Monday, March 16, 2009

Lament, Fairies, and the moral order--a mini essay

Ok, I just finished reading Lament , by Maggie Stiefvater, and loved it. (I'm a sucker for Tam Lin retellings, and this is a GOOD one!)



It also got me thinking about the meaning of fairies ----- so I'm going to inflict a mini-essay on you. (I'm trying to move my 'first of the morning' rants off other people's blogs and onto this one. I think that's called 'establishing a presence', right? )



So:
My favorite line in Lament comes at the end of the book.
"What happens to Deirdre?"

Eleanor shrugged. "Probably an extremely boring life. Ugly
children. Midlife crisis. Bed Pan. Death."


Why do I like this line so much? Because it hammered home the meaning of fairies. It's a given that Zombies represent our fear of death and decay, right? Well, I think fairies are more complicated. They represent BOTH our fear of adult-hood, and a fear of perpetual adolescence.

They represent our fear of adulthood, because they're perpetually young and beautiful. They kidnap teens and give them an eternity of parties, dances, feasts and music. They have no responsibility or consequences. They can dance in the moonlight while drinking champagne, and they never have hang-overs. They can have bruised egos, but never broken hearts. They're forever 16, and forever the coldest, cruelest, 16 imaginable.

And what do the fairies fear? You can see it in Eleanor's reply. "Ugly children." --Having duties and responsibilities to another, coupled with the unconditional love of a parent. Suffering because you see another's suffering. COMPASSION.

"Midlife crisis" --realizing you may have been on the wrong path. Wondering if you focused on the wrong goals. Despairing, because you can't go back and start over. REGRET.

"Bed pans" -- Aging. Growing weak and ugly. Needing others to take care of your most basic bodily needs. DEPENDENCE.

and DEATH.

The fairies shun all these things, and so they're evil and destructive. And in all the Tam Lin stories, the answer to the riddle, the way to SAVE the fairy knight from his cruel fate, is to embrace these things. Janet must love the fairy knight, and want to save him from his agony. She has to wonder if she's made the right choice as she's waiting in the darkness beside the road. She has to hold onto him, no matter what happens, and she has to endure pain, suffering, and the specter of death.

***Random Lenten Adendum---ignore if you're not interested.-------******

Another interesting thing, at least to me, is that the Tam Lin story, and the fears of the Fairy Queen, also echo the Way of the Cross. (Didn't Chesterton say something about all these legends pointing towards Christ? Or was that Augustine? Oh, well, I'll look for it later.)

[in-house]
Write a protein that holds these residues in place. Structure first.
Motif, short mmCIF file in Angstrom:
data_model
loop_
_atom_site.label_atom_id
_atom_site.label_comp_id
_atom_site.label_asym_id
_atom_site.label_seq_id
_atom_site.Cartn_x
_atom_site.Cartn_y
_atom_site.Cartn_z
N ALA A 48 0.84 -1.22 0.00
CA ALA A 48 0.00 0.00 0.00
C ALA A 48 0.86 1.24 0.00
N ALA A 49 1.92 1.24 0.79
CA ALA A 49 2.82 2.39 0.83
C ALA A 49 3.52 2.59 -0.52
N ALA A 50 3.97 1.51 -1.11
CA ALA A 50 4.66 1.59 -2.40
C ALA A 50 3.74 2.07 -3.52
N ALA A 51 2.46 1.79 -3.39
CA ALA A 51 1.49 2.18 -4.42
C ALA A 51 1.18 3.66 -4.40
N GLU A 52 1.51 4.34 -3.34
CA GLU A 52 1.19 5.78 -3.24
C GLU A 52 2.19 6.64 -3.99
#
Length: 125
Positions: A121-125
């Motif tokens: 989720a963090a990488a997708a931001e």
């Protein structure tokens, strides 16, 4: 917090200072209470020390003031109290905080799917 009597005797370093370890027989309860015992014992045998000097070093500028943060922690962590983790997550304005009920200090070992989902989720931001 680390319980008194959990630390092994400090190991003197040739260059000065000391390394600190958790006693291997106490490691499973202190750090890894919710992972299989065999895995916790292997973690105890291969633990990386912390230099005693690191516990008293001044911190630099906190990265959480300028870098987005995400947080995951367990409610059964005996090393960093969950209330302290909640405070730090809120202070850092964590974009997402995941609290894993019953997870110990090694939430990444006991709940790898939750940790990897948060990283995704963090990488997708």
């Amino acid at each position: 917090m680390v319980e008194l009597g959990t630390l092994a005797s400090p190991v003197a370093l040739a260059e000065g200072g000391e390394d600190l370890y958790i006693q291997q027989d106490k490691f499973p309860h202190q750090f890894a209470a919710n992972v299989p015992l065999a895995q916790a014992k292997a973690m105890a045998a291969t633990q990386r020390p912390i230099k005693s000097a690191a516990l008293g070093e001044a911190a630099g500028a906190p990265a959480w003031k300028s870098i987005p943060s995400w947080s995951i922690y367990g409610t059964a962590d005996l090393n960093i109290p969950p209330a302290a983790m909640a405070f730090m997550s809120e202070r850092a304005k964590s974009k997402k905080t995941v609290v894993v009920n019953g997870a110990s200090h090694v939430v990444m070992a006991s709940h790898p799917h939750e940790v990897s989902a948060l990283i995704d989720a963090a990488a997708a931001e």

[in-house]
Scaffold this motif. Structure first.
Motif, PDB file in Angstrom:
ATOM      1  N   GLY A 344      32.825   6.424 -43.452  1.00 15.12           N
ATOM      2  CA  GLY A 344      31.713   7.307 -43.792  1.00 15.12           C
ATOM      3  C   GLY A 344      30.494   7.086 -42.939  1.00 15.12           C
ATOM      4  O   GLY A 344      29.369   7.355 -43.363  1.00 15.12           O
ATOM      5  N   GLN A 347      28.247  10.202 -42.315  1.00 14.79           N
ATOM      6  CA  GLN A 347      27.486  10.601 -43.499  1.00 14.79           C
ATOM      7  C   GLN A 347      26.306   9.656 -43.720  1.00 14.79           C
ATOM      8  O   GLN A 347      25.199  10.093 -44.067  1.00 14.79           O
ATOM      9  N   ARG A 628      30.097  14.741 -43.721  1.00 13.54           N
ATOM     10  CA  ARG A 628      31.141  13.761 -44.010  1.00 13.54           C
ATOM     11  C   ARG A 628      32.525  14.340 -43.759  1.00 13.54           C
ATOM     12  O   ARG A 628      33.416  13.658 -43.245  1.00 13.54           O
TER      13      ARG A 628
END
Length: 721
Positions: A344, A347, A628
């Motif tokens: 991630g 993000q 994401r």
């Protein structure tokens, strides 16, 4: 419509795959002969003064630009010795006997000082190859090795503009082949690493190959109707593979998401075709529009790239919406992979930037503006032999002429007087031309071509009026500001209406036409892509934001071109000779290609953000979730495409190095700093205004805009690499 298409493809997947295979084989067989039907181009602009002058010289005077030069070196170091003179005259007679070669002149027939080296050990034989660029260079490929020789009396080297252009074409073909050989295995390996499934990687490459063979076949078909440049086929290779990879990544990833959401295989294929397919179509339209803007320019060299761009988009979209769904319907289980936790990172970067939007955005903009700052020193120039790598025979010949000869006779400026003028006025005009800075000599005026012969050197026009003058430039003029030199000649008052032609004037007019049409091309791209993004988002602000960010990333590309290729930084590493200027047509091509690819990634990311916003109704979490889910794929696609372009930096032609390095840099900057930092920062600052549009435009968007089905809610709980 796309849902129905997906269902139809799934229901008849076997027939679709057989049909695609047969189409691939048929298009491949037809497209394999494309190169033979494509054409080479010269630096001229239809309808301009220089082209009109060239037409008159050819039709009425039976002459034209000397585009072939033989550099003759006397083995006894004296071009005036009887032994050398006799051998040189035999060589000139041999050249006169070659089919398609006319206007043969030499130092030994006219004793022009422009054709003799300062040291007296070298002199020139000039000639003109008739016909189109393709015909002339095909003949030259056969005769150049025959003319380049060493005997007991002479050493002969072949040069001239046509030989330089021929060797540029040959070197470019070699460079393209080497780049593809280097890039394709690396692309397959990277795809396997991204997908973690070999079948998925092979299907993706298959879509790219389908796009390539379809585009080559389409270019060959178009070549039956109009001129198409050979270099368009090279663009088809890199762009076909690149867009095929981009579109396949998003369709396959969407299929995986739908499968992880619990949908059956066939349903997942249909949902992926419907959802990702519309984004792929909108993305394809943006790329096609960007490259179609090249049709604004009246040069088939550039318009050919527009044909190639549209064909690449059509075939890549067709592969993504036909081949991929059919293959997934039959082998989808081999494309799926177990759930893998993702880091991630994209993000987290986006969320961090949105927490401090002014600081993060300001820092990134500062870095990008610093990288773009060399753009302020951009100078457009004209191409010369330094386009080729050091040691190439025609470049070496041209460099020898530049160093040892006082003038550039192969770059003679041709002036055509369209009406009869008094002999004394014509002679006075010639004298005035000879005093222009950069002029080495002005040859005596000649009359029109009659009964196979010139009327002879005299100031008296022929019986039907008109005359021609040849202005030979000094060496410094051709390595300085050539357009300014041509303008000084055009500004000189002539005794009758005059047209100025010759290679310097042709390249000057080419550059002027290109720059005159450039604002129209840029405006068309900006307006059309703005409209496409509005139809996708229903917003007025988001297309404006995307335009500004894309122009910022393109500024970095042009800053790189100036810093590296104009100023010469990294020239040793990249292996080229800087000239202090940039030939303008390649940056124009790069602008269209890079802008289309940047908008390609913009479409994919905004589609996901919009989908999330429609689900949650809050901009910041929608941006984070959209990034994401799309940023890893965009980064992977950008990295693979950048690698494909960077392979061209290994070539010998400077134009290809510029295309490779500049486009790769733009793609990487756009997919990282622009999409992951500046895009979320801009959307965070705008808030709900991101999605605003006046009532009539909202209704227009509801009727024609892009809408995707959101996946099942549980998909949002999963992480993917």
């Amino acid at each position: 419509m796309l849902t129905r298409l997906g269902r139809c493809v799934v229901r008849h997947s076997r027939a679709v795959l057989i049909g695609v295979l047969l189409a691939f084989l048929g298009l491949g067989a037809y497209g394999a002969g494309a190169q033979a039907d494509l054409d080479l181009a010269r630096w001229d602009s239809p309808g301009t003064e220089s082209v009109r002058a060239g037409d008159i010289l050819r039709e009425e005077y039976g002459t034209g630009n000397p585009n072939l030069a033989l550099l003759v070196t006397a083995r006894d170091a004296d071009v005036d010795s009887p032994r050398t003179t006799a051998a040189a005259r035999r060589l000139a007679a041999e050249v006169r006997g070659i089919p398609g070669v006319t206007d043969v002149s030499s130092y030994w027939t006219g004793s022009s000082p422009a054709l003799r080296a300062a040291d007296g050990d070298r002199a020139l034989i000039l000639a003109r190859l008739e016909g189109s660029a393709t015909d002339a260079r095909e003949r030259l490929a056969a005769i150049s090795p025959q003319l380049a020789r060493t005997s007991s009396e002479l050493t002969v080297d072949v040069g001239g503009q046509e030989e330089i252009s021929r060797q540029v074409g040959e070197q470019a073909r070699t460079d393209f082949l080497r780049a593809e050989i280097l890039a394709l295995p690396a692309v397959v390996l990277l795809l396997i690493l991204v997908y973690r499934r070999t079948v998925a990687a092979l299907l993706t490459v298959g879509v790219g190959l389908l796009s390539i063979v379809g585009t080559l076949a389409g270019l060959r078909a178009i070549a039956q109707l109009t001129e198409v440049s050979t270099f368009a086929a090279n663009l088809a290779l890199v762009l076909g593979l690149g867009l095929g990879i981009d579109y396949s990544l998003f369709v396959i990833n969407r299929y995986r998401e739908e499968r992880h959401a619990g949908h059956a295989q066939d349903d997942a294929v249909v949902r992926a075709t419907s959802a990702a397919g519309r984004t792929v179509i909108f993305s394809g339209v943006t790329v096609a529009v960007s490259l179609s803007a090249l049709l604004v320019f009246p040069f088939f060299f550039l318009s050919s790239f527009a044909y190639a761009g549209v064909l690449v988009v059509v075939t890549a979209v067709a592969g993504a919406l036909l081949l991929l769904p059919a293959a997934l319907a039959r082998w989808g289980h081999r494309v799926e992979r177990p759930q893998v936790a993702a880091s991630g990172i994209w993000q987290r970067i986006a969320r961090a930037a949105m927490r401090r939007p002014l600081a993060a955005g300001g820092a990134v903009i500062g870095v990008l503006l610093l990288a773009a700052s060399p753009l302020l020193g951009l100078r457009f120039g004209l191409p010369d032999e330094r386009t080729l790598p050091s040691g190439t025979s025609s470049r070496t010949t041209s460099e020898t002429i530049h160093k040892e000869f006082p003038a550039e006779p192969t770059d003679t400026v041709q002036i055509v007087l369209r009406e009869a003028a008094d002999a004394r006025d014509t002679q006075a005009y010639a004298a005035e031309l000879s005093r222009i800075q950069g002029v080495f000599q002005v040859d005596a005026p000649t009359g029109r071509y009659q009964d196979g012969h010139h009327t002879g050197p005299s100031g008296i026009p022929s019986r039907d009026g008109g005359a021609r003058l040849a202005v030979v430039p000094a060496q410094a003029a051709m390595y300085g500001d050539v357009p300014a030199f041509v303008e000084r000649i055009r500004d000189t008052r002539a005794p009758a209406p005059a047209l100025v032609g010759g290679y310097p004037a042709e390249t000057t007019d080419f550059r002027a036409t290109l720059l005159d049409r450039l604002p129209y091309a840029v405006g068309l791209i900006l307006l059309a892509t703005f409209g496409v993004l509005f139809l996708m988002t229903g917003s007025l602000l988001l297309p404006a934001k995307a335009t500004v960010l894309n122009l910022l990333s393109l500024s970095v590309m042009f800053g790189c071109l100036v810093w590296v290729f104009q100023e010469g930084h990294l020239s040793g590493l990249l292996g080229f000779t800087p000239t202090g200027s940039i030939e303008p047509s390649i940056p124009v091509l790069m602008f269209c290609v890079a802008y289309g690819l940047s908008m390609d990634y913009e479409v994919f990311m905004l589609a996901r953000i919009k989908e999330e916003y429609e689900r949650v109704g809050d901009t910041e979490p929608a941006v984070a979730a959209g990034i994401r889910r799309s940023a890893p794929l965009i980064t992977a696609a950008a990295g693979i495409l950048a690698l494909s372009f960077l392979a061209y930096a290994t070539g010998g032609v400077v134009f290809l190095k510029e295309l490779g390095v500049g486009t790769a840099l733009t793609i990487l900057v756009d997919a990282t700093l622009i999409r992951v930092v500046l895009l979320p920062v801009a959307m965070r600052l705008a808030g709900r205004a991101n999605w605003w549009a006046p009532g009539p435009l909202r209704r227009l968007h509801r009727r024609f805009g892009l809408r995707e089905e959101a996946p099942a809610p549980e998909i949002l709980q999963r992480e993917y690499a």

How does Christ save us, and the world, from Satan's dominion?

Compassion - Think of when he meets the women on the road, and tells them to weep for themselves, not for him. Or when he says 'Father forgive them, for they know not what they do'

Regret - The agony in the Garden. "My God, My God, Why have you forsaken me?"

Dependence -- The wine-soaked sponge. Simon of Cyrene's help.

and

DEATH.

In a sense, everyone in the world is a Tam Lin, imprisoned by sin and cruelty. And Christ is Janet, riding to our rescue, so that we can finally LIVE.

****End of Lenten Rant********

Anyway, the upside of posting my morning rants on my OWN blog is that I can include religious themes if I want. The downside is no one will read them, argue with me, and call me out on my logical fallacies......

3 comments:

Maggie Stiefvater said...

*I* will read them and dance with delighted hand-clappings of shared musings. I love what you took out of LAMENT and your interpretations of faeries -- SO. GOOD.

I've had readers say "but you're Catholic and you write about faeries." or "Don't you believe in good and evil!? Your fairies are so evil!"

But they aren't. They're ammoral. The only moral characters in my faerie novels are the humans -- and they can choose whether they are good or evil. It's not an accident that the most wicked character in the book is . . . taDA a human.

This was a great rant. I loved it.

Deirdre Mundy said...

Thanks, Maggie! Btw-- I checked out you Livejournal and really enjoyed the "Fairies in Delaware" story-- You should totally submit it to F&SF magazine--they always want more humor, and that was GREAT. =)

As for the "How can you be Catholic and write about Fairies?" You can always tell them that all good fiction has SOME link to the truth....

So if you tell a story about courage and self-sacrifice and love and how physical things MATTER, then it's a Catholic story.

After all, aren't four-leaf clovers and iron nails in Fairy stories sort of like sacramentals? Physical things that affect spiritual things?

Fairies are VERY Catholic...

(Also--just thought of this one... a four leaf clover lets you see fairies.... which sort of points to the Shamrock (3 leaf clover?) that let St. Patrick explain the trinity..... See... super-Catholic! =) )

Maggie Stiefvater said...

Whoo, thanks! I'm pretty sure I can't submit any of the Merry Sisters of Fates stories anywhere useful though, because most big mags want to have the first edition rights (which I have given up by posting for free online). But I appreciated the vote of confidence!

I personally think that any novel that celebrates good and smacks down evil is perfectly fine stuff for Catholics to be reading. It's why I never got the hullabaloo over Harry Potter.